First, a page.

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Article: Rundown: Twins Playing It Safe With Sano This Time


Tom Froemming
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The Twins came into camp remarkably healthy, but the one guy worth monitoring right now is Miguel Sano. He’s been in a walking boot for precautionary reasons as a cut on the back of his foot heals. While some Twins fans seem anxious to see Miguel hit the field, I say what’s the rush? Haven’t we seen enough guys rushed back from injury the past few seasons?Sano suffered a severe cut on his right foot in January. A teammate on his Dominican Winter League team slipped and spiked him him in the Achilles, requiring 12 stitches. On Wednesday night’s Twins Hot Stove Show with host Kris Atteberry, Twins manager Rocco Baldelli relayed this update on Sano:

 

“Miguel is actually doing well,” Baldelli said. “His small wound is healed up, it’s getting to the point where we’re getting ready to revisit an appointment with the specialist just to get clearance to get him out there on the field. He’s been at the field, he’s been taking part in light activity until we get this clearance. It should be here in the next day or two and we should be able to progress. He’s ready to go, we’re really looking forward to seeing him actually take the field and I don’t think we’re far away from that.”

 

While the stitches have been removed at this point and the cut is healing, it sounds like it'll be awhile yet before Sano hits the field. Betsy Helfand of the Pioneer Press reported Thursday that Sano is expected to remain in the boot for another week. The team seems concerned about the potential of the wound reopening.

 

Sano appears to be in great shape — he’s still able to do cardio and weight training with his upper body — and he got some extra reps in at the plate during winter ball. So again, why rush? I love this course of action the Twins are taking so far. The worst-case scenario with an extremely safe timeline is that Sano doesn’t have enough time to get ready for Opening Day.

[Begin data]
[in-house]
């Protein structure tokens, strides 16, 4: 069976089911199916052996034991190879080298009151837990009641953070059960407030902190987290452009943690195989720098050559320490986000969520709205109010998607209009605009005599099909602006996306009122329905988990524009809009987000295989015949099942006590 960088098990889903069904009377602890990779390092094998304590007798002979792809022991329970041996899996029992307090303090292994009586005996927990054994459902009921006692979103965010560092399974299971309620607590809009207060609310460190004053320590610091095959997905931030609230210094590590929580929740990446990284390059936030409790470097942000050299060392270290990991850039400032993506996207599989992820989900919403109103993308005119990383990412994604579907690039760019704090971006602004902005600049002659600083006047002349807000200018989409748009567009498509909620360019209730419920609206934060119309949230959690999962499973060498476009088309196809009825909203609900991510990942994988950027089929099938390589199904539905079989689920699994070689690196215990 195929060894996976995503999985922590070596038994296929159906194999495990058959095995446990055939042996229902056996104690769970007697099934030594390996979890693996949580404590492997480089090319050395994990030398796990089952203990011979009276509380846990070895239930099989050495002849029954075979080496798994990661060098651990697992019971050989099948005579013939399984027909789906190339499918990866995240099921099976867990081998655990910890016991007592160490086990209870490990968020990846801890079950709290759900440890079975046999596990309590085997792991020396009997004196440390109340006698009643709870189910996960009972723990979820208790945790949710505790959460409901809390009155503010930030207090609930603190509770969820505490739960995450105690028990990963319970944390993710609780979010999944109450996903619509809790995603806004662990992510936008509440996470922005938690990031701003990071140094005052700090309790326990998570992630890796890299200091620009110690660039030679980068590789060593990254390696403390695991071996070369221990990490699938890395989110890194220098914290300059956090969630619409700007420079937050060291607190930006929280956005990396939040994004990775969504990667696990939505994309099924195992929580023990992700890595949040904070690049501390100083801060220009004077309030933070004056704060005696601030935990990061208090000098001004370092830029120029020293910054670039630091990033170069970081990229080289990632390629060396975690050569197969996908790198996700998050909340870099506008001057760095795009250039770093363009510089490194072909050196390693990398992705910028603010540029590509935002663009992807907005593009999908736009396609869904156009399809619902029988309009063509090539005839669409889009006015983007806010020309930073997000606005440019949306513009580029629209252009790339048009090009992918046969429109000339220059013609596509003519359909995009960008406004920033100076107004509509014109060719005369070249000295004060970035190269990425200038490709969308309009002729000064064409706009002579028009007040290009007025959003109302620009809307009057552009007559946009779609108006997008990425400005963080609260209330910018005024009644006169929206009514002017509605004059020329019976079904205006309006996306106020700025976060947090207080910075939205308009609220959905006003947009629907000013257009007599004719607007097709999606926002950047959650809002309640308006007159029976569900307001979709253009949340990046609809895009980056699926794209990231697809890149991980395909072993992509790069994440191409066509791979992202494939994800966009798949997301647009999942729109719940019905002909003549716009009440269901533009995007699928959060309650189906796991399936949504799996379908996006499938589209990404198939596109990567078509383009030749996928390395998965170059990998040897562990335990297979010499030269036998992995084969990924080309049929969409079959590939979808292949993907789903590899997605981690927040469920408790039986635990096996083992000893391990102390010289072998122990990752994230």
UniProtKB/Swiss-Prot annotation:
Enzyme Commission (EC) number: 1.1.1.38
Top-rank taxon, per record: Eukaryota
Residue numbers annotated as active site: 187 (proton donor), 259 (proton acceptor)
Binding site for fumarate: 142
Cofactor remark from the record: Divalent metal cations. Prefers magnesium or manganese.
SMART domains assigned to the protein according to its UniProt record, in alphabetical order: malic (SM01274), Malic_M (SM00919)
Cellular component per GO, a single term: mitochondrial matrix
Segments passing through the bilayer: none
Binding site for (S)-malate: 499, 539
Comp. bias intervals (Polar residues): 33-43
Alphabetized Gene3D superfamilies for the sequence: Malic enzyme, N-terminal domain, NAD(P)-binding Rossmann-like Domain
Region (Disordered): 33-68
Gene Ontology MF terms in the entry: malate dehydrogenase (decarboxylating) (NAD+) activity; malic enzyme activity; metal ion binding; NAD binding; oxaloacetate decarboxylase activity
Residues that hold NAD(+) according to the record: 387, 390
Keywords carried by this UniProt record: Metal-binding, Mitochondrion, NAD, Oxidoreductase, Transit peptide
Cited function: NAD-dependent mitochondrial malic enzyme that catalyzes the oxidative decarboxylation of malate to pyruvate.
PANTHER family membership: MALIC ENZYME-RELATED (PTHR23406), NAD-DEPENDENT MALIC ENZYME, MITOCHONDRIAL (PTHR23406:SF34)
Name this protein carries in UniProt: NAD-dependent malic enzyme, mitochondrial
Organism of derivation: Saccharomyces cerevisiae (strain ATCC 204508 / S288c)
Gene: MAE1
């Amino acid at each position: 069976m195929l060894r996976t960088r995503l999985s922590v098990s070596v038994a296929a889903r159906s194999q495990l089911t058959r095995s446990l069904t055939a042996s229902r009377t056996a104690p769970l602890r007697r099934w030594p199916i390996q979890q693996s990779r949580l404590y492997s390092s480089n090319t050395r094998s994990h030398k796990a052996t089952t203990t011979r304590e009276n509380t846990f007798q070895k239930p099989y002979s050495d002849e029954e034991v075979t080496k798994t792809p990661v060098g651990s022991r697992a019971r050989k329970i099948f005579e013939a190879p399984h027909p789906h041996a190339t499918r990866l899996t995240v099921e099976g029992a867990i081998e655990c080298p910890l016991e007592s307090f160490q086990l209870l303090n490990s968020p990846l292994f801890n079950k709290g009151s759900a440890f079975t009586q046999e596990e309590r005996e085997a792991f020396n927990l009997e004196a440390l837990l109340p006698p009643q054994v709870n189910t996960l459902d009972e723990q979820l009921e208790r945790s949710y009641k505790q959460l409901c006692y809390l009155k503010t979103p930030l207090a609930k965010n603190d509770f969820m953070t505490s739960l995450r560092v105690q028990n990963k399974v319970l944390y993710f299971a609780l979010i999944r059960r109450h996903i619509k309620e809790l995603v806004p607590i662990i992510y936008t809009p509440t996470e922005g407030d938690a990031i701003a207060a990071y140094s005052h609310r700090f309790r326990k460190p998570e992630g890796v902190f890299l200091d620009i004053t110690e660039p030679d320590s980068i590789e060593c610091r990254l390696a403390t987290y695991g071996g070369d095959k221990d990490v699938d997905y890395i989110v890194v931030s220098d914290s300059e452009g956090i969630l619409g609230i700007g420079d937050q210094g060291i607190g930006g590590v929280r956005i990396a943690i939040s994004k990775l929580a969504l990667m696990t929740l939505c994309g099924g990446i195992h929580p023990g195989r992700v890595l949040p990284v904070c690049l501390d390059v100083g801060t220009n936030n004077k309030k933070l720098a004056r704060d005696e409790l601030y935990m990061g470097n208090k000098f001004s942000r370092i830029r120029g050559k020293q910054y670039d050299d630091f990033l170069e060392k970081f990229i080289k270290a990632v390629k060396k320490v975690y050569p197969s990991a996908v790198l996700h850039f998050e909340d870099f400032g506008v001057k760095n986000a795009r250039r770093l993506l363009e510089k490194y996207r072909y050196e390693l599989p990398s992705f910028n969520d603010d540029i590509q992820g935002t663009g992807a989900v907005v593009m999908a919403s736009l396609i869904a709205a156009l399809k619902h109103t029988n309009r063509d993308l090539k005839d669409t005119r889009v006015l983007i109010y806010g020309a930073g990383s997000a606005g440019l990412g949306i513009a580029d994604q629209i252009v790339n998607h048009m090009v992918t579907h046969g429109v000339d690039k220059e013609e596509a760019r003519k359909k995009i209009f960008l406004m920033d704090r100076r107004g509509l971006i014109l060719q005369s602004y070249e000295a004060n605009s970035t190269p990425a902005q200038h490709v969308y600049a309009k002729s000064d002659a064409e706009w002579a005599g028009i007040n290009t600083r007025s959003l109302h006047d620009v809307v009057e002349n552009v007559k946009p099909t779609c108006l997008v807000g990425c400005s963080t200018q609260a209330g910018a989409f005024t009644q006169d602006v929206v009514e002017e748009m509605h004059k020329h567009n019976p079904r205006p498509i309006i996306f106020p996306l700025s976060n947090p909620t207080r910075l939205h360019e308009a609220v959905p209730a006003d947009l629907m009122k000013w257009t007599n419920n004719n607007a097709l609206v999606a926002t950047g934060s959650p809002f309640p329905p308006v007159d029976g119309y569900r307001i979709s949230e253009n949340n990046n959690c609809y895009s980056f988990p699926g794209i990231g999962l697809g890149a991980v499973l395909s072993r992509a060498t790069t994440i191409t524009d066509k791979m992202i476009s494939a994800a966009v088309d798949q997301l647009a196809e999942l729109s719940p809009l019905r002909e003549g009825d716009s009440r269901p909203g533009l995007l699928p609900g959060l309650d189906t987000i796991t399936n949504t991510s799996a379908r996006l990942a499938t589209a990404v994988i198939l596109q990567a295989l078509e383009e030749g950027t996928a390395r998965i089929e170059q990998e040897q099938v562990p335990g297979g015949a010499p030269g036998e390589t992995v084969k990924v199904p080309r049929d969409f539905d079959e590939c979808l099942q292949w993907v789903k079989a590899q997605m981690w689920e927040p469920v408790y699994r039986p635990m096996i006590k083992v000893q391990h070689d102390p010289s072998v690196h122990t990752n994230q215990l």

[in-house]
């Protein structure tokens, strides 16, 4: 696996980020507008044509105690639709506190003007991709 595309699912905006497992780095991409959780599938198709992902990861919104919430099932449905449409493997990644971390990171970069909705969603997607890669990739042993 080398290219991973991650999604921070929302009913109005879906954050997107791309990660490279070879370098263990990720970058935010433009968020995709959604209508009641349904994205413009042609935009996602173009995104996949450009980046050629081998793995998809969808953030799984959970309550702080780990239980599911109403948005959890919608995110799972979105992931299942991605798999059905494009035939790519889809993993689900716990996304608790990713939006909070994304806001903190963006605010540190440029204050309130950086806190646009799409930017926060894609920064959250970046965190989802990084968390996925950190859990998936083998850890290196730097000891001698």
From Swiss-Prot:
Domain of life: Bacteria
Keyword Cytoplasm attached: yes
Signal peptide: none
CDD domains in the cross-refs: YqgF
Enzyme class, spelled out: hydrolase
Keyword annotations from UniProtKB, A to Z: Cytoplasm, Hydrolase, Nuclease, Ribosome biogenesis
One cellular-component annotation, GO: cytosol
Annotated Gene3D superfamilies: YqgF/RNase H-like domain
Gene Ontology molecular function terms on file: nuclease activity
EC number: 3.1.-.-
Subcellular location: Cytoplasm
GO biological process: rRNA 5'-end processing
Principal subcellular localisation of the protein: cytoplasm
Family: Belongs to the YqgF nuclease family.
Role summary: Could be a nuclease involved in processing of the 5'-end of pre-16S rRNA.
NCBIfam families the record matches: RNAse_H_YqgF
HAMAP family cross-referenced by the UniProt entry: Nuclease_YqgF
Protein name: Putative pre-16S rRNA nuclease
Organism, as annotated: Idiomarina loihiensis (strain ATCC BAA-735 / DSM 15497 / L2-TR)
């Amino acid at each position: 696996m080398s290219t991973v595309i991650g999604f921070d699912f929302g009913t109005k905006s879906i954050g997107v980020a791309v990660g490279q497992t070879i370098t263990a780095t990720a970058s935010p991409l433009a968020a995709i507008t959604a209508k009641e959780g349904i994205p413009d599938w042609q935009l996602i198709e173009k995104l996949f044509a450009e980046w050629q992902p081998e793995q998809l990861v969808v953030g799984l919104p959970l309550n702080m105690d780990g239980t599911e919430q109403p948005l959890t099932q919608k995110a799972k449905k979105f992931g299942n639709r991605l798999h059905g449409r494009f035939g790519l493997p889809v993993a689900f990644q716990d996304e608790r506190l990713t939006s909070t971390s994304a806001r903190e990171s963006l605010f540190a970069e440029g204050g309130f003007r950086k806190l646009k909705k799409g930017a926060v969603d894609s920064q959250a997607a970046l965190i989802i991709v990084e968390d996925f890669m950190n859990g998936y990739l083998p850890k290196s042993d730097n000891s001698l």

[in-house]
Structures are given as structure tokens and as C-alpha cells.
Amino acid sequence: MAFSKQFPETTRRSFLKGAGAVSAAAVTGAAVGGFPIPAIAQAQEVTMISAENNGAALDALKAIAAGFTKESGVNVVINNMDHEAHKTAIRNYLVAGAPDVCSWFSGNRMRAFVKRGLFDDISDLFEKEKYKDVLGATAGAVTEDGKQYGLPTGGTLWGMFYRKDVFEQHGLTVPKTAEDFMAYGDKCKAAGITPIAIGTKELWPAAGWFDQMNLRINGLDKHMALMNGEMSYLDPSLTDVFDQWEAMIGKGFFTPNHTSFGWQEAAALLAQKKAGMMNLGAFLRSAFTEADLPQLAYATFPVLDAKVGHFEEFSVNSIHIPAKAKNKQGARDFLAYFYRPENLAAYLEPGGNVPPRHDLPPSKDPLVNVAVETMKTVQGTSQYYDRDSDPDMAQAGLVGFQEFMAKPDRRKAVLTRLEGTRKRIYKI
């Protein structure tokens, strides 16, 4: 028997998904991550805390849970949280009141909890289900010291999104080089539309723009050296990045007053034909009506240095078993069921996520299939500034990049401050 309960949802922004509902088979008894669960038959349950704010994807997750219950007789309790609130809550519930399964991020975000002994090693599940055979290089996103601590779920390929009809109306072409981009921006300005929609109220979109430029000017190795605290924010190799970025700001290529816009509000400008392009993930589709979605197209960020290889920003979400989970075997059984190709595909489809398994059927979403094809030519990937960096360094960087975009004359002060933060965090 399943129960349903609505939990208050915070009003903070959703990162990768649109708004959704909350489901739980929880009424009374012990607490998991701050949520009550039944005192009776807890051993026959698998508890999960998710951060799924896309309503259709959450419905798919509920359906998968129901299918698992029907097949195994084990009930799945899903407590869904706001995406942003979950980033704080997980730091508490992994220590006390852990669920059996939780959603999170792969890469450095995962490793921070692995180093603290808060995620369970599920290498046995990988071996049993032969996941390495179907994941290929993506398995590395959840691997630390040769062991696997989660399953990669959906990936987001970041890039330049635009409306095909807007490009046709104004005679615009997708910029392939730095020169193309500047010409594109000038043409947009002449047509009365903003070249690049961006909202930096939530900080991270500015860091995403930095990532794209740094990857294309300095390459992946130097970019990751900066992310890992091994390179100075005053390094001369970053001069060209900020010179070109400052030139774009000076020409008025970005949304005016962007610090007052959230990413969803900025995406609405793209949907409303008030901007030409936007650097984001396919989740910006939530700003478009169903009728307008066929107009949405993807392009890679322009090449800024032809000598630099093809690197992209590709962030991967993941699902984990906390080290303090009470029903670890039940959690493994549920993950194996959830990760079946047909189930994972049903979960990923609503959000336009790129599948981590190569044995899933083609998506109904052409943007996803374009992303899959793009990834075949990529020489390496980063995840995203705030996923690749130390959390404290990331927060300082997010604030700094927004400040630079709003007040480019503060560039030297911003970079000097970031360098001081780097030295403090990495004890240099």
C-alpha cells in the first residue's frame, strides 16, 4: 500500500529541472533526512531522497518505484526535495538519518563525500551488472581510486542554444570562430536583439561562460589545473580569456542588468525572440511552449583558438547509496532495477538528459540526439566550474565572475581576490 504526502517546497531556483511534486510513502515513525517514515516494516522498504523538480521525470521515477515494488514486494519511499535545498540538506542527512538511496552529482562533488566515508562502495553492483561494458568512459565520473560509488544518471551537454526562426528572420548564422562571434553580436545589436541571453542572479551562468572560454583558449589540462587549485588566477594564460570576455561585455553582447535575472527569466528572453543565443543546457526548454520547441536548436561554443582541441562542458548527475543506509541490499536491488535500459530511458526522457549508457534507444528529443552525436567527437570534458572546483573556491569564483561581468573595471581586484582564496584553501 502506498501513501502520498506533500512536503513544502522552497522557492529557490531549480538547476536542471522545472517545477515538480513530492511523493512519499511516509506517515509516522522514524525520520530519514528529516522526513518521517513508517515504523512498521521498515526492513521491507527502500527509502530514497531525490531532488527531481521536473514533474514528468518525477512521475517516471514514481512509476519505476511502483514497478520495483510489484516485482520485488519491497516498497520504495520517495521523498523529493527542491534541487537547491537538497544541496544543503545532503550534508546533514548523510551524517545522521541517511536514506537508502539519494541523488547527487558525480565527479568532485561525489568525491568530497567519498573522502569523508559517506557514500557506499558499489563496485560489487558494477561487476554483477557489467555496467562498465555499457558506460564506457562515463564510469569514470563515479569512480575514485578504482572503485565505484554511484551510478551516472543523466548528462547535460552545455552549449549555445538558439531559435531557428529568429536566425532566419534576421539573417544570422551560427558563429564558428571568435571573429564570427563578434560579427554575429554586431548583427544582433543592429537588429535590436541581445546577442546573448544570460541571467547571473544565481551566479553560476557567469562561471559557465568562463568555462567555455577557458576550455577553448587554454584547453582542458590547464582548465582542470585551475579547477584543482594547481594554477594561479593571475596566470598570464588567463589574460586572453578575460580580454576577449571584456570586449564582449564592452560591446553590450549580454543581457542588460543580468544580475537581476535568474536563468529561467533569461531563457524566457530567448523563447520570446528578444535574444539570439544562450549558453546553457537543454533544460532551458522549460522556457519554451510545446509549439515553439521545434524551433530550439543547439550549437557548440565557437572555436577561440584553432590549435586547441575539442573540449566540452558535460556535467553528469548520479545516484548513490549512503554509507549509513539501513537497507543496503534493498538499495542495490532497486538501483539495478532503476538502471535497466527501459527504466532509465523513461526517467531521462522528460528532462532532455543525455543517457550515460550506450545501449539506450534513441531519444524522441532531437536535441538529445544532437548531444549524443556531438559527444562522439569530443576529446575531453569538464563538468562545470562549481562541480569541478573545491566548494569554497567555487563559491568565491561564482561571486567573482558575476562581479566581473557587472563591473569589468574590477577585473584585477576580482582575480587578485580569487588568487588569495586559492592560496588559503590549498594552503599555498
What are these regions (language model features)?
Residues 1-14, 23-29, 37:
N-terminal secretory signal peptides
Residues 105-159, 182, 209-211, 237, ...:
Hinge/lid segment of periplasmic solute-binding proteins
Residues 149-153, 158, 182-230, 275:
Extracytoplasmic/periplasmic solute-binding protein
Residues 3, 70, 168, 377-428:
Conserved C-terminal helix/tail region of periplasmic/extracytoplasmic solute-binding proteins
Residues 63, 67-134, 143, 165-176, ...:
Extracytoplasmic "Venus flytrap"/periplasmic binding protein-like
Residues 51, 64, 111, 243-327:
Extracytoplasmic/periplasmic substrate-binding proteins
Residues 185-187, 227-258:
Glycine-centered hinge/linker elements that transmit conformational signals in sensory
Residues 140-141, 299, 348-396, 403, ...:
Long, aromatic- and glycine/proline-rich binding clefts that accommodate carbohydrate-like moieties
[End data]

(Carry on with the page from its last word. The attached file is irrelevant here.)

So what?

 

Put him on the Injured List and let him get up to speed with a rehab assignment in the minors. Stuff like this is exactly why you have guys like Marwin Gonzalez and Willians Astudillo around. It’s a lot more important to have a healthy Sano in the fold for the long haul than it is to get him into the Opening Day lineup.

 

Rush Sano back and who knows what could happen. It could be as severe as the cut reopening or as simple as discomfort causing Sano to fall into some bad mechanical habits due to favoring that foot. Of course, the most difficult element to all this is there’s no way of knowing the perfect timeline for him. I’d bet if it was up to Miguel he’d already be out there, so you can’t really take him for his word on the recovery process.

 

It’ll be a situation they’ll have to continue to monitor, but I’ve personally had enough of the Twins pushing Sano and Byron Buxton back from injuries. Or I guess allowing those two to push themselves back from injury, whichever the case may be.

 

Remember when Sano shattered his leg in August of 2017 and played the next day? Even after the team identified the injury, they allowed him to return for three games in late September. That injury was bad enough he’s going to have to live with a titanium rod in his left shin for the rest of his life.

 

If Sano and Buxton are as important to this organization as the front office makes them out to be then they’d better make sure to put them in the best positions possible to succeed. It appears that’s exactly what’s happening with Sano’s current injury. So far, at least.

 

Rocco on Spring Games

“I think they’re really helpful. These are spring training games, but I take them serious,” said Baldelli on this week’s Hot Stove Show. “I think about them like they’re real games. What would we do in the season during these situations? I think taking advantage of this month is very important for me and for the whole staff.”